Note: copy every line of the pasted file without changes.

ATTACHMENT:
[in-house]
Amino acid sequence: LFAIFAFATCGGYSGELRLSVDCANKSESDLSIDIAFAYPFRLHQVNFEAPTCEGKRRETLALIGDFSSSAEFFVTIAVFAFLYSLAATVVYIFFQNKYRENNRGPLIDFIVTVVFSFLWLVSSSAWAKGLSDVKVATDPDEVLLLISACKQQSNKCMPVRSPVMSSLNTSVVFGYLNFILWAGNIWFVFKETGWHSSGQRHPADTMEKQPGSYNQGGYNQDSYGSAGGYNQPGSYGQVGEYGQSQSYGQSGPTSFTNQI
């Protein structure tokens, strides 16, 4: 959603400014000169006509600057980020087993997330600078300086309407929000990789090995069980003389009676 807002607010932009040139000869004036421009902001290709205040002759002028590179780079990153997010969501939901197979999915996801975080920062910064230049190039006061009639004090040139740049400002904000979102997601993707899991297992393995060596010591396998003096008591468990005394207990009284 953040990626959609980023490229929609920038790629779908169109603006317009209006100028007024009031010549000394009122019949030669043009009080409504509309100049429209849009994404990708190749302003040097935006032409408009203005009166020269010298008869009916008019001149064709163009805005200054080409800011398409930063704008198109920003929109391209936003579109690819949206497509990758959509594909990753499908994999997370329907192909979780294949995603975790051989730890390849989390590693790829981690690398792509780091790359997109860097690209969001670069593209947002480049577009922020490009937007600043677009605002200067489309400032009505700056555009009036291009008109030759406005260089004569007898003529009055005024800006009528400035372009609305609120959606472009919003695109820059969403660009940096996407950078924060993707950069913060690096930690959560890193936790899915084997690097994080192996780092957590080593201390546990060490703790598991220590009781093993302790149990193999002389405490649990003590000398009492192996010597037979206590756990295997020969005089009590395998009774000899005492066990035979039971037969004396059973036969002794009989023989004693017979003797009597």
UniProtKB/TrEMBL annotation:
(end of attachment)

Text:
[in-house]
Amino acid sequence: LFAIFAFATCGGYSGELRLSVDCANKSESDLSIDIAFAYPFRLHQVNFEAPTCEGKRRETLALIGDFSSSAEFFVTIAVFAFLYSLAATVVYIFFQNKYRENNRGPLIDFIVTVVFSFLWLVSSSAWAKGLSDVKVATDPDEVLLLISACKQQSNKCMPVRSPVMSSLNTSVVFGYLNFILWAGNIWFVFKETGWHSSGQRHPADTMEKQPGSYNQGGYNQDSYGSAGGYNQPGSYGQVGEYGQSQSYGQSGPTSFTNQI
């Protein structure tokens, strides 16, 4: 959603400014000169006509600057980020087993997330600078300086309407929000990789090995069980003389009676 807002607010932009040139000869004036421009902001290709205040002759002028590179780079990153997010969501939901197979999915996801975080920062910064230049190039006061009639004090040139740049400002904000979102997601993707899991297992393995060596010591396998003096008591468990005394207990009284 953040990626959609980023490229929609920038790629779908169109603006317009209006100028007024009031010549000394009122019949030669043009009080409504509309100049429209849009994404990708190749302003040097935006032409408009203005009166020269010298008869009916008019001149064709163009805005200054080409800011398409930063704008198109920003929109391209936003579109690819949206497509990758959509594909990753499908994999997370329907192909979780294949995603975790051989730890390849989390590693790829981690690398792509780091790359997109860097690209969001670069593209947002480049577009922020490009937007600043677009605002200067489309400032009505700056555009009036291009008109030759406005260089004569007898003529009055005024800006009528400035372009609305609120959606472009919003695109820059969403660009940096996407950078924060993707950069913060690096930690959560890193936790899915084997690097994080192996780092957590080593201390546990060490703790598991220590009781093993302790149990193999002389405490649990003590000398009492192996010597037979206590756990295997020969005089009590395998009774000899005492066990035979039971037969004396059973036969002794009989023989004693017979003797009597």
UniProtKB/TrEMBL annotation: